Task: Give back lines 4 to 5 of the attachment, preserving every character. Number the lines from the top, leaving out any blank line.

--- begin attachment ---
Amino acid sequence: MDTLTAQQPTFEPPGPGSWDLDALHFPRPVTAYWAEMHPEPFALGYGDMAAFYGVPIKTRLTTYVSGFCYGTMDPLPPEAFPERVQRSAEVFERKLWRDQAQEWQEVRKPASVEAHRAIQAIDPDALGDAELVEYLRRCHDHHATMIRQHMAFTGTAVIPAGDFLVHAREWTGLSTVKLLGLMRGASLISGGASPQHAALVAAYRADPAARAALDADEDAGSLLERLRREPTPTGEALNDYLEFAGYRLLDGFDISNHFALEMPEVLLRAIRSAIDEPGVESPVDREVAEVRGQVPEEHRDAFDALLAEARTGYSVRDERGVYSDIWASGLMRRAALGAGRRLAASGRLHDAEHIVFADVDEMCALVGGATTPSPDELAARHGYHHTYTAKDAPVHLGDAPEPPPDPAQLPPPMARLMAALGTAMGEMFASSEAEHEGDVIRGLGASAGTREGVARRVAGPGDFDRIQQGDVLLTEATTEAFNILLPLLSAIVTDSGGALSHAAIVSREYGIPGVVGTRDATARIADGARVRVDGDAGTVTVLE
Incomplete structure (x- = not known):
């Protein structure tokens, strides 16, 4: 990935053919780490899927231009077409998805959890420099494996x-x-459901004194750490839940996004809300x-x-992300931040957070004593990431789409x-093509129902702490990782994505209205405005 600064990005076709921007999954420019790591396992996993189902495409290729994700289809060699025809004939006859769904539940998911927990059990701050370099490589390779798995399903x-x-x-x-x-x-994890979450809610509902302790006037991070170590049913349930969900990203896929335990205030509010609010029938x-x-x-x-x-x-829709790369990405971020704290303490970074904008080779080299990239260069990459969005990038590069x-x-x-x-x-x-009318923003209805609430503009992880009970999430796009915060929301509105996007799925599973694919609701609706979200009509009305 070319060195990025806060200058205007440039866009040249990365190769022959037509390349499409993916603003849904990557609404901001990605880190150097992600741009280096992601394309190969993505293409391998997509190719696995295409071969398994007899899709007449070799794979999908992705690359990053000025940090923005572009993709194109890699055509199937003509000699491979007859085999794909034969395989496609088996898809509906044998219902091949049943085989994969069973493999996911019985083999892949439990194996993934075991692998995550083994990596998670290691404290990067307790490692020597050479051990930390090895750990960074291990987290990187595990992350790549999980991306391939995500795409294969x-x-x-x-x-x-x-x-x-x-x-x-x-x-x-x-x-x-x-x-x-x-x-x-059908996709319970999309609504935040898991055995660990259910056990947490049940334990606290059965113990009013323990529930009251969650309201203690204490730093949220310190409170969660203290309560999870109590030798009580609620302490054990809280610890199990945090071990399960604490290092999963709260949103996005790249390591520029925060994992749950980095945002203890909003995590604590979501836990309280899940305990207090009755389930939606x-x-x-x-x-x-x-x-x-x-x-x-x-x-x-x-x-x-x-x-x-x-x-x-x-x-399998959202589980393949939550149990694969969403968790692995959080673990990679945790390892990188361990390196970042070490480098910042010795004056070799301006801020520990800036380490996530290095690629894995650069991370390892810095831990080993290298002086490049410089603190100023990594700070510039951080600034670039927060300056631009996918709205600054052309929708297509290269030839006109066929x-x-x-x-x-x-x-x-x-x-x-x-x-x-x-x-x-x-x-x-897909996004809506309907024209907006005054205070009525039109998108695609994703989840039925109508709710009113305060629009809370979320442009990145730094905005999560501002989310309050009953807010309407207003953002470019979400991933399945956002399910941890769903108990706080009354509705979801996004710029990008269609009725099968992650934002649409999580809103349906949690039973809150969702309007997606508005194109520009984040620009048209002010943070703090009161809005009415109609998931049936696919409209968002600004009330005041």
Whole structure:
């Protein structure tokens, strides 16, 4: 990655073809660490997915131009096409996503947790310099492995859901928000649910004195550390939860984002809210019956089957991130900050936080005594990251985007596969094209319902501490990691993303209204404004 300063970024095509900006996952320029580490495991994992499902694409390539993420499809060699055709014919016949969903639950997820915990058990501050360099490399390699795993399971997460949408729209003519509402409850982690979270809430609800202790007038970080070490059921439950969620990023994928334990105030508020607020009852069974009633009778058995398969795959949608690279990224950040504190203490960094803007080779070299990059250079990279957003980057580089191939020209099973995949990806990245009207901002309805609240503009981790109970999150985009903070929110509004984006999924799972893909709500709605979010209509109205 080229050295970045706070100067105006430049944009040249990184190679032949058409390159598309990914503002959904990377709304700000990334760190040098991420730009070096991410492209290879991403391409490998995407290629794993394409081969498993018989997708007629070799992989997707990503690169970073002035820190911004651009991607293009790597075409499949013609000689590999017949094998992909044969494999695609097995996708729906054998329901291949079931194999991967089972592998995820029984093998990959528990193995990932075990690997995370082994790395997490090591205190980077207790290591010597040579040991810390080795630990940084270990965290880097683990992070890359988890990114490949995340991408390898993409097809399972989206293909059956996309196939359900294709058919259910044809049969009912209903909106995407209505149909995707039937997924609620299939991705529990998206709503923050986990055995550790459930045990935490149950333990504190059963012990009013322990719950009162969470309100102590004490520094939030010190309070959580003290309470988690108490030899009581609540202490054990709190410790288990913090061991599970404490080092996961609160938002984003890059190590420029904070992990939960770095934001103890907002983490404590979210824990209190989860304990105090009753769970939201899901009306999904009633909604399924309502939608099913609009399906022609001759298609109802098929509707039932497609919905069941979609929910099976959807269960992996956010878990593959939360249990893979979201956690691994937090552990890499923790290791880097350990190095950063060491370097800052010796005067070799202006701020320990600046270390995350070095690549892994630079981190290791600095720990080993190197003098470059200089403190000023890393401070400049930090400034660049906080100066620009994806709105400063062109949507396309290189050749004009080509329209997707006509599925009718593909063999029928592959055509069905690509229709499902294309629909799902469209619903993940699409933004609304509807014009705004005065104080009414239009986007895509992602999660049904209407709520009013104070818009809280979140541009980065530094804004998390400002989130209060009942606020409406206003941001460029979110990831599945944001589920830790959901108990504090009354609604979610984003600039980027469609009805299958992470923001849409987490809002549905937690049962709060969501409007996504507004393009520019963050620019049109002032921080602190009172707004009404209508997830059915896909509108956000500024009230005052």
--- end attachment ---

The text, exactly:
Whole structure:
């Protein structure tokens, strides 16, 4: 990655073809660490997915131009096409996503947790310099492995859901928000649910004195550390939860984002809210019956089957991130900050936080005594990251985007596969094209319902501490990691993303209204404004 300063970024095509900006996952320029580490495991994992499902694409390539993420499809060699055709014919016949969903639950997820915990058990501050360099490399390699795993399971997460949408729209003519509402409850982690979270809430609800202790007038970080070490059921439950969620990023994928334990105030508020607020009852069974009633009778058995398969795959949608690279990224950040504190203490960094803007080779070299990059250079990279957003980057580089191939020209099973995949990806990245009207901002309805609240503009981790109970999150985009903070929110509004984006999924799972893909709500709605979010209509109205 080229050295970045706070100067105006430049944009040249990184190679032949058409390159598309990914503002959904990377709304700000990334760190040098991420730009070096991410492209290879991403391409490998995407290629794993394409081969498993018989997708007629070799992989997707990503690169970073002035820190911004651009991607293009790597075409499949013609000689590999017949094998992909044969494999695609097995996708729906054998329901291949079931194999991967089972592998995820029984093998990959528990193995990932075990690997995370082994790395997490090591205190980077207790290591010597040579040991810390080795630990940084270990965290880097683990992070890359988890990114490949995340991408390898993409097809399972989206293909059956996309196939359900294709058919259910044809049969009912209903909106995407209505149909995707039937997924609620299939991705529990998206709503923050986990055995550790459930045990935490149950333990504190059963012990009013322990719950009162969470309100102590004490520094939030010190309070959580003290309470988690108490030899009581609540202490054990709190410790288990913090061991599970404490080092996961609160938002984003890059190590420029904070992990939960770095934001103890907002983490404590979210824990209190989860304990105090009753769970939201899901009306999904009633909604399924309502939608099913609009399906022609001759298609109802098929509707039932497609919905069941979609929910099976959807269960992996956010878990593959939360249990893979979201956690691994937090552990890499923790290791880097350990190095950063060491370097800052010796005067070799202006701020320990600046270390995350070095690549892994630079981190290791600095720990080993190197003098470059200089403190000023890393401070400049930090400034660049906080100066620009994806709105400063062109949507396309290189050749004009080509329209997707006509599925009718593909063999029928592959055509069905690509229709499902294309629909799902469209619903993940699409933004609304509807014009705004005065104080009414239009986007895509992602999660049904209407709520009013104070818009809280979140541009980065530094804004998390400002989130209060009942606020409406206003941001460029979110990831599945944001589920830790959901108990504090009354609604979610984003600039980027469609009805299958992470923001849409987490809002549905937690049962709060969501409007996504507004393009520019963050620019049109002032921080602190009172707004009404209508997830059915896909509108956000500024009230005052």